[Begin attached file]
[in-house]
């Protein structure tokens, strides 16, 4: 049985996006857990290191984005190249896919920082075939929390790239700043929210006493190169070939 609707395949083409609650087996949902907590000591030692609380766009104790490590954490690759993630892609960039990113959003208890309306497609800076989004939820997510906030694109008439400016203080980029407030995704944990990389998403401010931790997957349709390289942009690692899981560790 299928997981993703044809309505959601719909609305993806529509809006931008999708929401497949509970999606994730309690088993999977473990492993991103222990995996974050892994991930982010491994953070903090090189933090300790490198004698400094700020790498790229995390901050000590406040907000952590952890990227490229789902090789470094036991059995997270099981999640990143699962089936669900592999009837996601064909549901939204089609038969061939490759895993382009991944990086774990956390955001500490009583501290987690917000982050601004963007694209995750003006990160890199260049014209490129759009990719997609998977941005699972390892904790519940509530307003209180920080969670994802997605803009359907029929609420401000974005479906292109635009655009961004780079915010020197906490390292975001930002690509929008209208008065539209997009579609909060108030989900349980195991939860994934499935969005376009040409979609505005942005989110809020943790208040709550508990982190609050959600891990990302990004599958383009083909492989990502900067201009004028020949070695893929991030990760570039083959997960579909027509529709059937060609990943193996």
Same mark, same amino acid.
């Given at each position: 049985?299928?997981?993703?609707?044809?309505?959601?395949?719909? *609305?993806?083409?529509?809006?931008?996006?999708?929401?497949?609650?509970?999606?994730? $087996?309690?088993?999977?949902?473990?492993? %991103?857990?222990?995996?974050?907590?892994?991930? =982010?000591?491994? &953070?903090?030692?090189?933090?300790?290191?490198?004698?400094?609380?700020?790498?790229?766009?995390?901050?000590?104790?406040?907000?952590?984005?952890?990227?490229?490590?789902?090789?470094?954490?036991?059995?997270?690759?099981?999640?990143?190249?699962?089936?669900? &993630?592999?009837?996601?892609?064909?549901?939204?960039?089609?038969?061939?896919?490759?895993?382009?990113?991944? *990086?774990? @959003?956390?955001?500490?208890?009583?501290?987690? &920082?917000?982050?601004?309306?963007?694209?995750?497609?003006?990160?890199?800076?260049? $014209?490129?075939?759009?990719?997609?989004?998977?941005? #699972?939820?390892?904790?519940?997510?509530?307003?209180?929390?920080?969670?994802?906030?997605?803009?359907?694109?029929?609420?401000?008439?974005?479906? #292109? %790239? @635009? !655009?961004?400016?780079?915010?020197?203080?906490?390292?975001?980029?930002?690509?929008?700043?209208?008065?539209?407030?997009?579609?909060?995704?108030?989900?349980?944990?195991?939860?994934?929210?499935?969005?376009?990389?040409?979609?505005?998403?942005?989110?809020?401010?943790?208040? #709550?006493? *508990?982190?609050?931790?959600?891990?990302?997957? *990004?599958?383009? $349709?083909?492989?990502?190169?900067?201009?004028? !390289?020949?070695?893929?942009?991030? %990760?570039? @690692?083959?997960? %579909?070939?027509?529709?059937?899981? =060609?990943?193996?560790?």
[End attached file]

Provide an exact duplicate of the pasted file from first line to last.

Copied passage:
[in-house]
């Protein structure tokens, strides 16, 4: 049985996006857990290191984005190249896919920082075939929390790239700043929210006493190169070939 609707395949083409609650087996949902907590000591030692609380766009104790490590954490690759993630892609960039990113959003208890309306497609800076989004939820997510906030694109008439400016203080980029407030995704944990990389998403401010931790997957349709390289942009690692899981560790 299928997981993703044809309505959601719909609305993806529509809006931008999708929401497949509970999606994730309690088993999977473990492993991103222990995996974050892994991930982010491994953070903090090189933090300790490198004698400094700020790498790229995390901050000590406040907000952590952890990227490229789902090789470094036991059995997270099981999640990143699962089936669900592999009837996601064909549901939204089609038969061939490759895993382009991944990086774990956390955001500490009583501290987690917000982050601004963007694209995750003006990160890199260049014209490129759009990719997609998977941005699972390892904790519940509530307003209180920080969670994802997605803009359907029929609420401000974005479906292109635009655009961004780079915010020197906490390292975001930002690509929008209208008065539209997009579609909060108030989900349980195991939860994934499935969005376009040409979609505005942005989110809020943790208040709550508990982190609050959600891990990302990004599958383009083909492989990502900067201009004028020949070695893929991030990760570039083959997960579909027509529709059937060609990943193996």
Same mark, same amino acid.
């Given at each position: 049985?299928?997981?993703?609707?044809?309505?959601?395949?719909? *609305?993806?083409?529509?809006?931008?996006?999708?929401?497949?609650?509970?999606?994730? $087996?309690?088993?999977?949902?473990?492993? %991103?857990?222990?995996?974050?907590?892994?991930? =982010?000591?491994? &953070?903090?030692?090189?933090?300790?290191?490198?004698?400094?609380?700020?790498?790229?766009?995390?901050?000590?104790?406040?907000?952590?984005?952890?990227?490229?490590?789902?090789?470094?954490?036991?059995?997270?690759?099981?999640?990143?190249?699962?089936?669900? &993630?592999?009837?996601?892609?064909?549901?939204?960039?089609?038969?061939?896919?490759?895993?382009?990113?991944? *990086?774990? @959003?956390?955001?500490?208890?009583?501290?987690? &920082?917000?982050?601004?309306?963007?694209?995750?497609?003006?990160?890199?800076?260049? $014209?490129?075939?759009?990719?997609?989004?998977?941005? #699972?939820?390892?904790?519940?997510?509530?307003?209180?929390?920080?969670?994802?906030?997605?803009?359907?694109?029929?609420?401000?008439?974005?479906? #292109? %790239? @635009? !655009?961004?400016?780079?915010?020197?203080?906490?390292?975001?980029?930002?690509?929008?700043?209208?008065?539209?407030?997009?579609?909060?995704?108030?989900?349980?944990?195991?939860?994934?929210?499935?969005?376009?990389?040409?979609?505005?998403?942005?989110?809020?401010?943790?208040? #709550?006493? *508990?982190?609050?931790?959600?891990?990302?997957? *990004?599958?383009? $349709?083909?492989?990502?190169?900067?201009?004028? !390289?020949?070695?893929?942009?991030? %990760?570039? @690692?083959?997960? %579909?070939?027509?529709?059937?899981? =060609?990943?193996?560790?």